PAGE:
What did that mean? What was the significance of this baptism? As he baptized, what were the people doing? Confessing their sins. They laid out the things in their lives that fell short of God. They admitted their failings, their shortcomings, their rebellion, their wickedness. As they confessed, they shed themselves of the burden of sin, bringing it all out of the darkness of their souls into the light, giving it up to God. They confessed – they acknowledged that they were unworthy. They freely admitted that they were not good enough – that they were actually evil. This is our second lesson: To get to the wilderness, we must confess our sins to God.

John would have had no time at all for a “self-esteem” gospel or a “positive confession” message. Real confession is negative – it lays out our faults and expresses our grief for our sins. Real confession does not enhance our self-esteem – it tears down our pride, humiliates us, makes us lowly and needy in the presence of God. This is the message John preached. This is how he prepared the way of the Lord.

Have you done this? Have you ever laid out your life before God, dredged up the bad stuff from the depths of your soul? Have you ever admitted your sins and wrongdoing to God and grieved for them? See, no one comes to Christ unless they come needy. We don’t do Jesus a favour when we come to Him – He has mercy on us, gives grace to us. We’re the needy ones. We’re the ones who need help. And until we recognize that, until we accept that, we’re basically saying to God that He’s unnecessary, that He’s optional. Until we come to that point, we haven’t gone to the wilderness yet. God wants us in that wasteland, but to get there, we have to leave an awful lot of stuff behind. We have to face some pretty ugly stuff before we get there.


Not just confession, either. John was preaching a baptism of repentance. What is repentance? To repent – that’s a word that people love to make fun of. There’s a popular video series out there that makes fun of a guy with a bullhorn crying for people to repent. Even Christians make fun of this. So what would they say about John the Baptist? I wonder, if we lived back then, some cool and up-to-date pastor would be making plays ridiculing the guy in the camel hair crying for repentance.

The word “repent” literally means “change of mind.” That’s not just a change of opinion. It means a whole new way of thinking, a whole new perspective on life and the world. It means a whole new way of living. To Jews and Christians in the ancient world, and to us today, it meant a 180-degree turn away from your old life and the start of another. See, it’s not enough just to confess your sin. Confession without repentance is just a pity-party. Confessing sin without doing anything about it, without turning away from it, says that you really don’t think it’s actually a bad thing. No, true confession – real, grieving, penitent, self-denying, humiliating confession of need and failure – leads to repentance. It leads to a determination to put the sin behind you and draw nearer to God, a commitment to get as far away from that old life as possible.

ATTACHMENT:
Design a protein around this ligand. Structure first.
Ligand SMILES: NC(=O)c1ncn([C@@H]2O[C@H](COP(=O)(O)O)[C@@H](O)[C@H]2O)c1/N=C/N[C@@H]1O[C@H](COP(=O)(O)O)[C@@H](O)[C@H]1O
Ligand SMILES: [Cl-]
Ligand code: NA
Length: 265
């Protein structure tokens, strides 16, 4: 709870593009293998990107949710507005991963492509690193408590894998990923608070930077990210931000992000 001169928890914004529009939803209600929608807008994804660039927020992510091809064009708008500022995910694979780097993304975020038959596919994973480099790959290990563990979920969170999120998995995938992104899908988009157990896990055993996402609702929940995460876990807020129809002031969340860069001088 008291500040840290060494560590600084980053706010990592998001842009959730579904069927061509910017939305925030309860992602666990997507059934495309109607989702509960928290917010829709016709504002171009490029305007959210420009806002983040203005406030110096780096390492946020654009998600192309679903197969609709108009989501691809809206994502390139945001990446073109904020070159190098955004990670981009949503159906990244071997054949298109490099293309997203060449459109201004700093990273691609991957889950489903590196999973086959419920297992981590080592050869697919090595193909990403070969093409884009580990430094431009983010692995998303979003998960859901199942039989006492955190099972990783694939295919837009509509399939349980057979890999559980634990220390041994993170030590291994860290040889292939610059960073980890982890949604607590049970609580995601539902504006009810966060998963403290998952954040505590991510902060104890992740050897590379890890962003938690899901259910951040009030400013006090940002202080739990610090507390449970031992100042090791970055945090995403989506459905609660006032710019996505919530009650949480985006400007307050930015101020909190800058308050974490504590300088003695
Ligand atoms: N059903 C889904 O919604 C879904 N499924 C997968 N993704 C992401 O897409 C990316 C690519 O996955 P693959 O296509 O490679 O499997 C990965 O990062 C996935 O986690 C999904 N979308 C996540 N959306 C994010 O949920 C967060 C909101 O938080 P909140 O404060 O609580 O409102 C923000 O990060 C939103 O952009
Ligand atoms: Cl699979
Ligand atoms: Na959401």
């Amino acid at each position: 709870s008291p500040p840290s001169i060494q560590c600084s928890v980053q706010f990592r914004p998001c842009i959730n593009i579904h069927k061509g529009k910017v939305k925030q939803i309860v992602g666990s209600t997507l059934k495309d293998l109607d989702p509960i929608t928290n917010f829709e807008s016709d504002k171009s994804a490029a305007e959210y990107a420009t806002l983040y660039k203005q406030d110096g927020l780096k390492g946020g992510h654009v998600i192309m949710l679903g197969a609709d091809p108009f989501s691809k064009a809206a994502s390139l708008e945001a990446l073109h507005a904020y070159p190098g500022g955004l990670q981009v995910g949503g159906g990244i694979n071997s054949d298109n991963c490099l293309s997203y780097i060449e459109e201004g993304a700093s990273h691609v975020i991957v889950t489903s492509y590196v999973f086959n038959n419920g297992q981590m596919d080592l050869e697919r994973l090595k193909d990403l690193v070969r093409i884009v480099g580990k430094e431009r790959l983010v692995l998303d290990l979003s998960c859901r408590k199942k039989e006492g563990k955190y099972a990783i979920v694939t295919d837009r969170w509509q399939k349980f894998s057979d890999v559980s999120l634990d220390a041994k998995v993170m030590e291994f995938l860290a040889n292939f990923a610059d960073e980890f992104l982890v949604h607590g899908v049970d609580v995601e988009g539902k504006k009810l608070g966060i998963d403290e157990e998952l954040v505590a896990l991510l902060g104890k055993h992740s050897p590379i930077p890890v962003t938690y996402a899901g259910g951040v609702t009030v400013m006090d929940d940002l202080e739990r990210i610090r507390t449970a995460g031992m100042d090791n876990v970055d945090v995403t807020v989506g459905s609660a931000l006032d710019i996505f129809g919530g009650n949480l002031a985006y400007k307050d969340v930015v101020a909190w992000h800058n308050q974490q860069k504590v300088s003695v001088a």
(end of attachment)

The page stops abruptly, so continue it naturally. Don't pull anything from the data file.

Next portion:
When we say, “Believe in Jesus and you will be saved,” we don’t mean simply accepting that the facts about him are true. The book of James tells us that even the demons do that. Saving faith is not just a head thing. It’s not just facts. Real faith is a desperate thing, a recognition that without Jesus we are lost and going to hell, and a trust that Jesus is enough and is all we need to be saved. Real faith is treasuring Jesus, loving Him and valuing Him, and no one can love God and sin at the same time. Faith without repentance, without a commitment to live for Him and stay away from sin, is no faith at all. That’s our third lesson: The way to the wilderness is through not just confession, but repentance for sin.

Do you believe in Jesus? If you do, ask yourself: Does my life show it? Have I had a change of mind, a change of heart? Am I really heading in a new direction, on a different road, drawing nearer to God?


Confess your sins. Turn your life around. But – why? Why bother with all those unpleasant things? Why put yourself through all that pain and anguish? Because confession and repentance – faith, in other words! – these things lead to what we really need. John’s baptism was of repentance into the forgiveness of sins.